Licence to Kill Review
By Christopher Null
Timothy Dalton's second (and final) Bond outing is mainly memorable for nothing in the film itself. The title, Licence to Kill, was a change from the original Bond story, Licence Revoked, when it was revealed that a large percentage of Americans didn't know what "revoked" meant. And then there was the issue of whether to spell the first word "licence" or "license." Ultimately less was said about the film, which is one of the least successful Bond movies ever at the box office, especially in adjusted dollars. The problem? The story isn't very Bond-like: He leaves MI-6 for most of the film to avenge best bud Felix Leiter's death at the hands of a drug kingpin while canoodling with Carey Lowell, a poor Bond girl choice if ever there was one. A cameo by Wayne Newton pushes the film into full-on kitsch, and many feared the series was dead after Licence's poor showing. It would be six years until the next film, GoldenEye, the longest period without a Bond release since the series began in 1963.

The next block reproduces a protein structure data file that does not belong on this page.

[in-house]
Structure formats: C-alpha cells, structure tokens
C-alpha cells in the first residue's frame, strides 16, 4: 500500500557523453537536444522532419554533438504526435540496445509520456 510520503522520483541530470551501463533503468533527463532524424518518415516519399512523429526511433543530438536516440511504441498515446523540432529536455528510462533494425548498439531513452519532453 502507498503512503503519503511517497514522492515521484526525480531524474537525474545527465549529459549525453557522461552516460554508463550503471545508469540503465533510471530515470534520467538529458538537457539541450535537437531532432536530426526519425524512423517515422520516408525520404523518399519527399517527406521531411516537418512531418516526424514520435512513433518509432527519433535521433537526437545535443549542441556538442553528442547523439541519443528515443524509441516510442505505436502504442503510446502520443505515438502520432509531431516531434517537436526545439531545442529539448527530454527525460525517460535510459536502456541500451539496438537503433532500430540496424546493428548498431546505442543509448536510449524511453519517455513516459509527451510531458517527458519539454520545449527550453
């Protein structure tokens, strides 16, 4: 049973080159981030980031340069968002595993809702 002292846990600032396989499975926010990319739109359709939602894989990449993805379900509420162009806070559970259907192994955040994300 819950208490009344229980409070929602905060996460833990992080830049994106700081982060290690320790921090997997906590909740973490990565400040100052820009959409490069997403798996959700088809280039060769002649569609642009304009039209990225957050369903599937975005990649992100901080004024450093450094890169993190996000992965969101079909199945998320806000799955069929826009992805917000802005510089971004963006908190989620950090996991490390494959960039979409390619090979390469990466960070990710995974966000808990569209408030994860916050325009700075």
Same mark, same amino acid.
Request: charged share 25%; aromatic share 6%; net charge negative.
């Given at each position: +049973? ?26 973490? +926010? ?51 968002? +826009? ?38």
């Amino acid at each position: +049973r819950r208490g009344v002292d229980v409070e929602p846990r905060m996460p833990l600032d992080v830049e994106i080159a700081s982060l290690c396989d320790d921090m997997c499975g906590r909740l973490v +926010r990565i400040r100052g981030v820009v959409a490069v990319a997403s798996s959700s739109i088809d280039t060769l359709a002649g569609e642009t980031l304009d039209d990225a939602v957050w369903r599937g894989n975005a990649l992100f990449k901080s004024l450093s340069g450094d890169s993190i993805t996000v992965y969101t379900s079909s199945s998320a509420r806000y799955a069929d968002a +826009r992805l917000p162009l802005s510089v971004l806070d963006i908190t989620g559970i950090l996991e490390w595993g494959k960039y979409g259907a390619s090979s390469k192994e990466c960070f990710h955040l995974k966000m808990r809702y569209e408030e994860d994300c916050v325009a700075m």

Aka License to Kill.
Facts and Figures
In Theaters: Friday 14th July 1989
Box Office Worldwide: $156.2M
Production compaines: Metro-Goldwyn-Mayer, United Artists, Danjaq
Contactmusic.com: 1.5 / 5
Rotten Tomatoes: 76%
Fresh: 37 Rotten: 12
Cast & Crew
Producer: Albert R. Broccoli, Michael G. Wilson
Starring: Timothy Dalton as James Bond, Carey Lowell as Pam Bouvier, Robert Davi as Franz Sanchez, Talisa Soto as Lupe Lamora, Anthony Zerbe as Milton Krest, Frank McRae as Sharkey, David Hedison as Felix Leiter, Wayne Newton as Professor Joe Butcher, Benicio del Toro as Dario, Anthony Starke as Truman-Lodge, Everett McGill as Ed Killifer, Desmond Llewelyn as Q, Pedro Armendáriz, Jr. as President Hector Lopez, Robert Brown as M, Grand L. Bush as Hawkins, Priscilla Barnes as Della Churchill Leiter, Don Stroud as Heller, Caroline Bliss as Miss Moneypenny, Cary-Hiroyuki Tagawa as Kwang